If you grew up in India in the 1980’s and 1990’s, you would most likely remember the banks of large lead-acid batteries in many homes. India’s younger demographic might not be aware, but ‘load-shedding’ was a real thing, as the country could not generate enough power and inverters which transmitted the stored power into the house were a life-saver for many.
While some large institutions maintain an ‘Uninterrupted Power Supply’ (UPS) room with rows of batteries to cover contingencies, many homes across a majority of Indian cities don’t use inverters anymore. It isn’t as if power cuts do not happen, but the concept of load-shedding, is thankfully not something today’s generation is aware of because of massive improvements to both electricity generation, transmission & distribution.
But what if I told you that the need for energy storage is going to come back? Not because load-shedding is making a comeback, but because of distinct trends in the energy sector. The first is of course, the rise of renewable energy, particularly intermittent sources like wind and solar energy. The Government of India has really pushed renewable energy and according to the Invest India website, India’s non-fossil fuel energy stood at 178.79 Gigawatts of power, including large hydroelectricity projects. This was 43% of India’s total energy generation capacity. India added 9.83% of renewable energy generation capacity in 2022 and as of May 2023, India has an installed generation capacity of 66.7 Gigawatts of solar energy.
But now let me tell you why this is also becoming problematic. In 2022, Indian energy demand rocketed up 8%. At a pace faster than any large economy in the world. This is of course a great sign of the economic progress that India is making, but 149.7 Terawatt hours of consumption is a lot and if the first few months of 2023 are any indication, 2023 will also set new records for power consumption as well. And you can’t really generate solar energy at night or wind energy on days the wind doesn’t blow. This is why, despite moves to ‘clean up’ energy production, thermal power generated from coal will remain the core of India’s energy network. This is where the need for energy storage or banking comes in. Innovations in this space can be extremely useful for policy makers and consumers both.
Now layer this demand supply mismatch, with another trend happening right now- a massive growth in electric vehicles, particularly two wheelers and three wheelers. The batteries on some of these vehicles can store between 2-10 kilowatts of power, enough to power a small household when a vehicle is not being used. It is only a matter of time before electricity boards begin differential pricing of power, for peak and off-peak demand, so why shouldn’t consumers take advantage of cheap power supply and buy off peak energy and store it on an asset they already own. Many modern electric vehicles, like the Hyundai Ioniq 5 are already equipped with a Vehicle to Grid (V2G) system, which allows them to supply as much as five kilowatts back into the grid when there is a power outage. Or even to charge up a picnic in the wilderness.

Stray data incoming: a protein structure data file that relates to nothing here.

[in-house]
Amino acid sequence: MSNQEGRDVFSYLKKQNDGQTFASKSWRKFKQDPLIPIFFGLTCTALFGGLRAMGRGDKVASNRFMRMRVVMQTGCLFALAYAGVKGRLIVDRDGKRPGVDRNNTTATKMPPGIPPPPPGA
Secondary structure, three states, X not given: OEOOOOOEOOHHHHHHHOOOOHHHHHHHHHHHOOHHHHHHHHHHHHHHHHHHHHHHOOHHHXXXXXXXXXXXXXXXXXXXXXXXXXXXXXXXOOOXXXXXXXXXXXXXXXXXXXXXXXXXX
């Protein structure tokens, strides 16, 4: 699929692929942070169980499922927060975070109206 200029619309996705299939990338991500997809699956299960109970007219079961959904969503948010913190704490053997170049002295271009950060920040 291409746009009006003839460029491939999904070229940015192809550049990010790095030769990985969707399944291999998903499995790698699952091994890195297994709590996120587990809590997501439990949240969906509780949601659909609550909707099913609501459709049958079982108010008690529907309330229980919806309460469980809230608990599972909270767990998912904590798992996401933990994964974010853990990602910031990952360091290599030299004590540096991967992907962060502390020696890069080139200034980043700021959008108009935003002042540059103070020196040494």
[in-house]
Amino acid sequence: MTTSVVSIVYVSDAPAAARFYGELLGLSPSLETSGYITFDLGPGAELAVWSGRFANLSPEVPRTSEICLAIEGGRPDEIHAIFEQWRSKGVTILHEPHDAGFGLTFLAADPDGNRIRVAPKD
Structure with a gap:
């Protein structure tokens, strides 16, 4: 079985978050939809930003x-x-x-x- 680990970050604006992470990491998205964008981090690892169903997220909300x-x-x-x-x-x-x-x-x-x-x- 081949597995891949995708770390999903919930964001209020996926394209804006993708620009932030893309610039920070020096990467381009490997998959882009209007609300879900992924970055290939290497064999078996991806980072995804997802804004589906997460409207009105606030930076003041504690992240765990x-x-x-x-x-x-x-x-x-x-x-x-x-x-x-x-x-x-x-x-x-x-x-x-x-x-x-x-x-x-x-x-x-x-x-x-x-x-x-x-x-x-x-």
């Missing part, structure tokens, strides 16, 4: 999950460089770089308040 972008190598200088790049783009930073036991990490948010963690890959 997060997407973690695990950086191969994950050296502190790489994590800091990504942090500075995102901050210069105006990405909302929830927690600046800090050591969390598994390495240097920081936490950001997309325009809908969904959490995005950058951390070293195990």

But there is also going to be home and commercial-grade power storage solutions for renewable energy. With the extent of solar and wind energy that India is establishing, energy could be stored in large banks of batteries, which may be Lithium batteries or some other alternate chemistry such as Sodium-Ion which is still in its nascent commercial stage as of now. But at these large solar-power farms, if we are generating hundreds of gigawatt hours of power, we can store a lot of it for use for when the sun doesn’t shine. Similar for wind power farms. Recently, there was a period of time in the US state of California when ‘Energy Storage’ was the single largest supplier of electricity demand to the grid. The state having saved enough solar and wind power in batteries.
Until now only hydroelectric dams have really had any form of energy storage, because the potential energy of the water can be preserved by closing the sluice gates. But modern batteries offer great opportunities even at home, particularly with the fantastic push towards rooftop solar by some state governments such as in Haryana. Even though these modules generate only 10-20 kilowatts, owners may not need to use it while it is being generated. Without storage, one has to sell the excess power back into the grid, but with modern battery storage solutions you could store it at home as well, because there is a possibility that the grid might not ‘want’ your power or is not offering you a great price for the power during the day when there is already surplus supply. If you stored the energy you generate, you could use it for yourself at night when solar generation shuts down, or sell it to the grid when the power rates are peaking. And all of this can be managed by software.
At the same time, as we learn more about how batteries age and how they can be managed, home energy storage solutions will also give a second lease of life to electric vehicle battery packs. This will make the entire ecosystem of electric vehicles and energy storage far more sustainable. The fact is that energy storage will be a major enabler towards India’s goal of net-zero by 2070, while ensuring that Indians, even those who have not been born yet will have access to reliable and affordable energy.